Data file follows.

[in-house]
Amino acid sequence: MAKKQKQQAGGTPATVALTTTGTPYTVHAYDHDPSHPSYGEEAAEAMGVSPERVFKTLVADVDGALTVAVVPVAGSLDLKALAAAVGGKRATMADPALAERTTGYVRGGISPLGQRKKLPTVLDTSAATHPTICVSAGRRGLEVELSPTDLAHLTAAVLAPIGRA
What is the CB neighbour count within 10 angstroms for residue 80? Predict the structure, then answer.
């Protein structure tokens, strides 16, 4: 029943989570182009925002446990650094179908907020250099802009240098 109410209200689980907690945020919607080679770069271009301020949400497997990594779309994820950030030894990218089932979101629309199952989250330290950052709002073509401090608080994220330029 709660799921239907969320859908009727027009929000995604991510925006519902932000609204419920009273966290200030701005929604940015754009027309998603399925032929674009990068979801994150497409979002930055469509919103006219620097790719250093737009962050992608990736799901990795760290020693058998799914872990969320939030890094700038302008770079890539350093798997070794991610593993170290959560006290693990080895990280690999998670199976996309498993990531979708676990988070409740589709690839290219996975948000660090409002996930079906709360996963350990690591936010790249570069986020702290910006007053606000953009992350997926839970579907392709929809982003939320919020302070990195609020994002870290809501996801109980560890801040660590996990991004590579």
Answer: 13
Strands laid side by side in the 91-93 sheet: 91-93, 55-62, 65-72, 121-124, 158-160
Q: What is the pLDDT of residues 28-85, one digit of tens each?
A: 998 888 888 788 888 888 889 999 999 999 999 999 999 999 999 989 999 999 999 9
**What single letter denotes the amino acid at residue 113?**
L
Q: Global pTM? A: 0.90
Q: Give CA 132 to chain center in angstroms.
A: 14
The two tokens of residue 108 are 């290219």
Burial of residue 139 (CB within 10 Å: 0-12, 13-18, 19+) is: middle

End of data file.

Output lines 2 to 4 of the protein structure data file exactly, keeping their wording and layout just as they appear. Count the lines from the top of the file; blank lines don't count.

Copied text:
Amino acid sequence: MAKKQKQQAGGTPATVALTTTGTPYTVHAYDHDPSHPSYGEEAAEAMGVSPERVFKTLVADVDGALTVAVVPVAGSLDLKALAAAVGGKRATMADPALAERTTGYVRGGISPLGQRKKLPTVLDTSAATHPTICVSAGRRGLEVELSPTDLAHLTAAVLAPIGRA
What is the CB neighbour count within 10 angstroms for residue 80? Predict the structure, then answer.
């Protein structure tokens, strides 16, 4: 029943989570182009925002446990650094179908907020250099802009240098 109410209200689980907690945020919607080679770069271009301020949400497997990594779309994820950030030894990218089932979101629309199952989250330290950052709002073509401090608080994220330029 709660799921239907969320859908009727027009929000995604991510925006519902932000609204419920009273966290200030701005929604940015754009027309998603399925032929674009990068979801994150497409979002930055469509919103006219620097790719250093737009962050992608990736799901990795760290020693058998799914872990969320939030890094700038302008770079890539350093798997070794991610593993170290959560006290693990080895990280690999998670199976996309498993990531979708676990988070409740589709690839290219996975948000660090409002996930079906709360996963350990690591936010790249570069986020702290910006007053606000953009992350997926839970579907392709929809982003939320919020302070990195609020994002870290809501996801109980560890801040660590996990991004590579």